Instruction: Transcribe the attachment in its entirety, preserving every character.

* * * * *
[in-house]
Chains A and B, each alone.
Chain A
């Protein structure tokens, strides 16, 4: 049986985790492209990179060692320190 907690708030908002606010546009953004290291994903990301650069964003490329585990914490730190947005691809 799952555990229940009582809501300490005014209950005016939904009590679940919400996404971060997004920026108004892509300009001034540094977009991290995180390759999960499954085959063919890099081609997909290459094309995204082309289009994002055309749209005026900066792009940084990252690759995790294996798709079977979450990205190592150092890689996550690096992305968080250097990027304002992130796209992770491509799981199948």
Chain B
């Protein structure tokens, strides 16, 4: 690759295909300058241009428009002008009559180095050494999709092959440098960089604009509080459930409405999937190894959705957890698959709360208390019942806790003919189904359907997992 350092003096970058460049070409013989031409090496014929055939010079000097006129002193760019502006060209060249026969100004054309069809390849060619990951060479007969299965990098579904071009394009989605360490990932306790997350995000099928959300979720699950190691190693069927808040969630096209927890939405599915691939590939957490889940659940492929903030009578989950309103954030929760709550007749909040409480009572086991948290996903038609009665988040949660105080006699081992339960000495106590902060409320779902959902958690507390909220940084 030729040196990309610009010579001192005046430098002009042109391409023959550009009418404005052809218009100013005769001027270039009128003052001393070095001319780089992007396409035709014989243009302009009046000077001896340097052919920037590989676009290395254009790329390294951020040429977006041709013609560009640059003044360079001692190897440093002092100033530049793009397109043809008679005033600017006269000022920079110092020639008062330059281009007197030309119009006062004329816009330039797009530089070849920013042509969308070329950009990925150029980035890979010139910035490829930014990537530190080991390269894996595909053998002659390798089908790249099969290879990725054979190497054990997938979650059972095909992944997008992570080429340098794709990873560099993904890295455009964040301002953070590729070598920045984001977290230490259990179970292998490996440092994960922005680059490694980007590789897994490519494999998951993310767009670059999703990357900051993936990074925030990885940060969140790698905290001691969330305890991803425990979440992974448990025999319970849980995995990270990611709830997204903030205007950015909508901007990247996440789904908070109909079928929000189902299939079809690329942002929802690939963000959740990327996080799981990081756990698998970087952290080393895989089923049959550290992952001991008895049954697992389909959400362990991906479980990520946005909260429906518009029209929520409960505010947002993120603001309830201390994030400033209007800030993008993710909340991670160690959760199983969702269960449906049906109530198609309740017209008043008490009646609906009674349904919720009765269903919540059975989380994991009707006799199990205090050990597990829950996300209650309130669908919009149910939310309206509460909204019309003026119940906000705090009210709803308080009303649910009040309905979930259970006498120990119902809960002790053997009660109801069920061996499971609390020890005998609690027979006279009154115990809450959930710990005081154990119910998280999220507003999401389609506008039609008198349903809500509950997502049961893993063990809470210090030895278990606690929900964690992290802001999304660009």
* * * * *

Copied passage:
[in-house]
Chains A and B, each alone.
Chain A
């Protein structure tokens, strides 16, 4: 049986985790492209990179060692320190 907690708030908002606010546009953004290291994903990301650069964003490329585990914490730190947005691809 799952555990229940009582809501300490005014209950005016939904009590679940919400996404971060997004920026108004892509300009001034540094977009991290995180390759999960499954085959063919890099081609997909290459094309995204082309289009994002055309749209005026900066792009940084990252690759995790294996798709079977979450990205190592150092890689996550690096992305968080250097990027304002992130796209992770491509799981199948």
Chain B
């Protein structure tokens, strides 16, 4: 690759295909300058241009428009002008009559180095050494999709092959440098960089604009509080459930409405999937190894959705957890698959709360208390019942806790003919189904359907997992 350092003096970058460049070409013989031409090496014929055939010079000097006129002193760019502006060209060249026969100004054309069809390849060619990951060479007969299965990098579904071009394009989605360490990932306790997350995000099928959300979720699950190691190693069927808040969630096209927890939405599915691939590939957490889940659940492929903030009578989950309103954030929760709550007749909040409480009572086991948290996903038609009665988040949660105080006699081992339960000495106590902060409320779902959902958690507390909220940084 030729040196990309610009010579001192005046430098002009042109391409023959550009009418404005052809218009100013005769001027270039009128003052001393070095001319780089992007396409035709014989243009302009009046000077001896340097052919920037590989676009290395254009790329390294951020040429977006041709013609560009640059003044360079001692190897440093002092100033530049793009397109043809008679005033600017006269000022920079110092020639008062330059281009007197030309119009006062004329816009330039797009530089070849920013042509969308070329950009990925150029980035890979010139910035490829930014990537530190080991390269894996595909053998002659390798089908790249099969290879990725054979190497054990997938979650059972095909992944997008992570080429340098794709990873560099993904890295455009964040301002953070590729070598920045984001977290230490259990179970292998490996440092994960922005680059490694980007590789897994490519494999998951993310767009670059999703990357900051993936990074925030990885940060969140790698905290001691969330305890991803425990979440992974448990025999319970849980995995990270990611709830997204903030205007950015909508901007990247996440789904908070109909079928929000189902299939079809690329942002929802690939963000959740990327996080799981990081756990698998970087952290080393895989089923049959550290992952001991008895049954697992389909959400362990991906479980990520946005909260429906518009029209929520409960505010947002993120603001309830201390994030400033209007800030993008993710909340991670160690959760199983969702269960449906049906109530198609309740017209008043008490009646609906009674349904919720009765269903919540059975989380994991009707006799199990205090050990597990829950996300209650309130669908919009149910939310309206509460909204019309003026119940906000705090009210709803308080009303649910009040309905979930259970006498120990119902809960002790053997009660109801069920061996499971609390020890005998609690027979006279009154115990809450959930710990005081154990119910998280999220507003999401389609506008039609008198349903809500509950997502049961893993063990809470210090030895278990606690929900964690992290802001999304660009």